Implementing classroom and behavior management programs, passing out social competence promotion materials, making conflict resolution and violence prevention programs a part of schools and communities, providing afterschool recreational programs and providing mentoring programs are all steps that can be taken by schools and communities to help prevent children from becoming delinquents. While the first steps in preventing childhood delinquency begin in the home and in the classroom even the best discipline and rule enforcements can have no consequences. Looking for programs or ways to prevent problems from etting out of hand can help a child and their families get a handle of their disruptive behaviors. One way to help a child through personal issues or prevent them from making bad choices is to surround them with supportive people in a positive environment. Turning to help outside the home is a great alternative in delinquency prevention because sometimes a child is unable to connect or confide in a family member about the problems they are having. One of the outside programs that is available to the youth in our society is the Boys and Girls Club of America.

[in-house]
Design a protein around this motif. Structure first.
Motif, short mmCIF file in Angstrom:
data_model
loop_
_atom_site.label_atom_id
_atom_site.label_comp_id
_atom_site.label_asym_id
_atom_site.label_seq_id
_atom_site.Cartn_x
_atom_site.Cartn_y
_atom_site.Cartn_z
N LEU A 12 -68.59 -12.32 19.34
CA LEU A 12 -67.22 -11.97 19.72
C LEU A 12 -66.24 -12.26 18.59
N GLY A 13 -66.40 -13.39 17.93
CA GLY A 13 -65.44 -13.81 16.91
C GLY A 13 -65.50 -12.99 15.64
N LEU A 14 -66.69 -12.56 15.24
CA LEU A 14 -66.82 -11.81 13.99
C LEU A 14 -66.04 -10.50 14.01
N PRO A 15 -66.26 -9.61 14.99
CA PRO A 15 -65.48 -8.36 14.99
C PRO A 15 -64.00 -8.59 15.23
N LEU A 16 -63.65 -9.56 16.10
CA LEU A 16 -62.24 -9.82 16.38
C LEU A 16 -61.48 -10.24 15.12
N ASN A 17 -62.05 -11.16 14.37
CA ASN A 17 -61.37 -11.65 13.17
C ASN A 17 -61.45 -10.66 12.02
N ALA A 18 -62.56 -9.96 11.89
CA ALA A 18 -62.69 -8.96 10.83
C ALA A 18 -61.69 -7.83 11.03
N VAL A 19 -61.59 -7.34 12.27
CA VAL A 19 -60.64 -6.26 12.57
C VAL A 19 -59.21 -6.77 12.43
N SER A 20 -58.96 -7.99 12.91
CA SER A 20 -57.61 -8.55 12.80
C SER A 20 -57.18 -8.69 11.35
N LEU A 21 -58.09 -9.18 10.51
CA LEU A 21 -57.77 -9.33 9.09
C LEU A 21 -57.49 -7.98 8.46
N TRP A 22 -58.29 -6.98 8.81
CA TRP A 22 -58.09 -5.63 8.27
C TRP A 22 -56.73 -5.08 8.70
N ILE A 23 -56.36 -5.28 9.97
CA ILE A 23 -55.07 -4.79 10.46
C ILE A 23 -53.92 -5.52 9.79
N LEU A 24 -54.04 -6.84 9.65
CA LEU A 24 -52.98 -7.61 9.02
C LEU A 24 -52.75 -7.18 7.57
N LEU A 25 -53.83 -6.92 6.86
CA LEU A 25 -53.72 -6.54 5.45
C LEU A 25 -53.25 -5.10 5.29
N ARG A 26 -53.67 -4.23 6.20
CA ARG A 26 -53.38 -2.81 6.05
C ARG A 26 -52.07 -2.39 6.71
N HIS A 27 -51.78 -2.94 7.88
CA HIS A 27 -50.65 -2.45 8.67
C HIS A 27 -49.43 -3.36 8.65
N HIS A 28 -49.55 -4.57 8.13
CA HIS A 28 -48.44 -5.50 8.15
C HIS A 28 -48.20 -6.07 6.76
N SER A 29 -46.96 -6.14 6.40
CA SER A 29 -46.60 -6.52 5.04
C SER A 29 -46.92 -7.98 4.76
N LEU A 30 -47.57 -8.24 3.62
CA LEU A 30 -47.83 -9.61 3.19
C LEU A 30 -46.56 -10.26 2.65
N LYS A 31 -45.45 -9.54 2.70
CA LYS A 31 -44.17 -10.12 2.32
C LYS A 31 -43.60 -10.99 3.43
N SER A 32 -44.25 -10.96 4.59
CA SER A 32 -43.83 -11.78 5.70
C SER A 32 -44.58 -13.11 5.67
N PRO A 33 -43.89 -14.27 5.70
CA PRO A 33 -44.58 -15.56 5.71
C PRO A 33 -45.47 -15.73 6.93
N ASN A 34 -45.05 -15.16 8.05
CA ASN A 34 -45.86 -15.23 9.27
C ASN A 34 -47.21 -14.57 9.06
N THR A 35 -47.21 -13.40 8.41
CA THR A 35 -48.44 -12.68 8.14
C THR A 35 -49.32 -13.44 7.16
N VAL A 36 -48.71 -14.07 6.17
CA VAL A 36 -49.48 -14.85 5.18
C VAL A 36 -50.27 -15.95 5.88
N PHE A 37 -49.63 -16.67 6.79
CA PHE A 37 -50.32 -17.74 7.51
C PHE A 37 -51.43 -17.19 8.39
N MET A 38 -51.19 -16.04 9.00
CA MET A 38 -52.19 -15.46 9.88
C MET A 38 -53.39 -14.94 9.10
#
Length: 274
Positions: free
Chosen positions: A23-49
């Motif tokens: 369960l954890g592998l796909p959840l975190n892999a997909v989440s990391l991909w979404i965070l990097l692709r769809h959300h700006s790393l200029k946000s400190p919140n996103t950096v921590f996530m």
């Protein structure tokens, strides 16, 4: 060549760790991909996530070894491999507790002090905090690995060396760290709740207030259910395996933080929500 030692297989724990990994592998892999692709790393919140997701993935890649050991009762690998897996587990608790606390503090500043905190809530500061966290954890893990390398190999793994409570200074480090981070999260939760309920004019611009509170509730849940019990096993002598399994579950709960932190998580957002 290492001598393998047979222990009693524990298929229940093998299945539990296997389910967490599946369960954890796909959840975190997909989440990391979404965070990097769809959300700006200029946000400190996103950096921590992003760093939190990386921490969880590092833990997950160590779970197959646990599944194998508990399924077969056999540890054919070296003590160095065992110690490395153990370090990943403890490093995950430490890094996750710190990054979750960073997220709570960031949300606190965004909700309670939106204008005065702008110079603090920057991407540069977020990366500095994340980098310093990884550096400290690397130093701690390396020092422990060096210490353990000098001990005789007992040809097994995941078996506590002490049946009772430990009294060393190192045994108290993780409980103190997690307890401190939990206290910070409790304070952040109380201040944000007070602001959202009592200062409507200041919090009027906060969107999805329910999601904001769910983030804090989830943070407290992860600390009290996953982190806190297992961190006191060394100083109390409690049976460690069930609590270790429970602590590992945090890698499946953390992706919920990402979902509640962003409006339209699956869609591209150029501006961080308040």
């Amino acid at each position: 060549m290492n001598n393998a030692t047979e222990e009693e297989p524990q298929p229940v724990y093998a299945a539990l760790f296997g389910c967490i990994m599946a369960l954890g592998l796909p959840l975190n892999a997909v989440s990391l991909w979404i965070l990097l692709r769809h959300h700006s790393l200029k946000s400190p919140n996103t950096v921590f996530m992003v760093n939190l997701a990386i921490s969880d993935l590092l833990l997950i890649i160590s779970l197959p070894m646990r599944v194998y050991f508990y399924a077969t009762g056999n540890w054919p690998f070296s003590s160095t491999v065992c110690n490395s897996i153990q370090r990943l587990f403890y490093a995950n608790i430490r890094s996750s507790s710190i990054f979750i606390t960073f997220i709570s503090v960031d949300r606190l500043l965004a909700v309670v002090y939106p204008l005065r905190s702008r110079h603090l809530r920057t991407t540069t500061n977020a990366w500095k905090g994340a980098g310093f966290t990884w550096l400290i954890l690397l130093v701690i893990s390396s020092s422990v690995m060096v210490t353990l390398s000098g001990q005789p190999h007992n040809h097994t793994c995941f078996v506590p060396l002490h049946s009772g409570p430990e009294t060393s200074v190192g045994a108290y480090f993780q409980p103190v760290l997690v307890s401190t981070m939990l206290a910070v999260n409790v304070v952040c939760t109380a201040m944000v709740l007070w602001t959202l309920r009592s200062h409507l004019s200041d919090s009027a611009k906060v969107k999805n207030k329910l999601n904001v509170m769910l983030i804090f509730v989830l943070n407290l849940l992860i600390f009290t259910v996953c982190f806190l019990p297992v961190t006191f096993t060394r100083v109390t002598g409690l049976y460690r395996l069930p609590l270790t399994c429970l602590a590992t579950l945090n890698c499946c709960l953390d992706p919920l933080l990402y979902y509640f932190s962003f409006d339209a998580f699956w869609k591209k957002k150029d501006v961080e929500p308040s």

The Boys and Girls Club of America mission is “to enable all young people, especially those who need us most, to reach their full potential as productive, caring, responsible citizens. ” (BGA. 2012) The Boys and Girls Club of America provides a safe place for children to be able to learn and interact with one another while building relationships with caring and positive adult professionals. The goal of the Boys and Girls Club is to help ensure that every child has the same opportunities and are able to reach their full potential in their lives.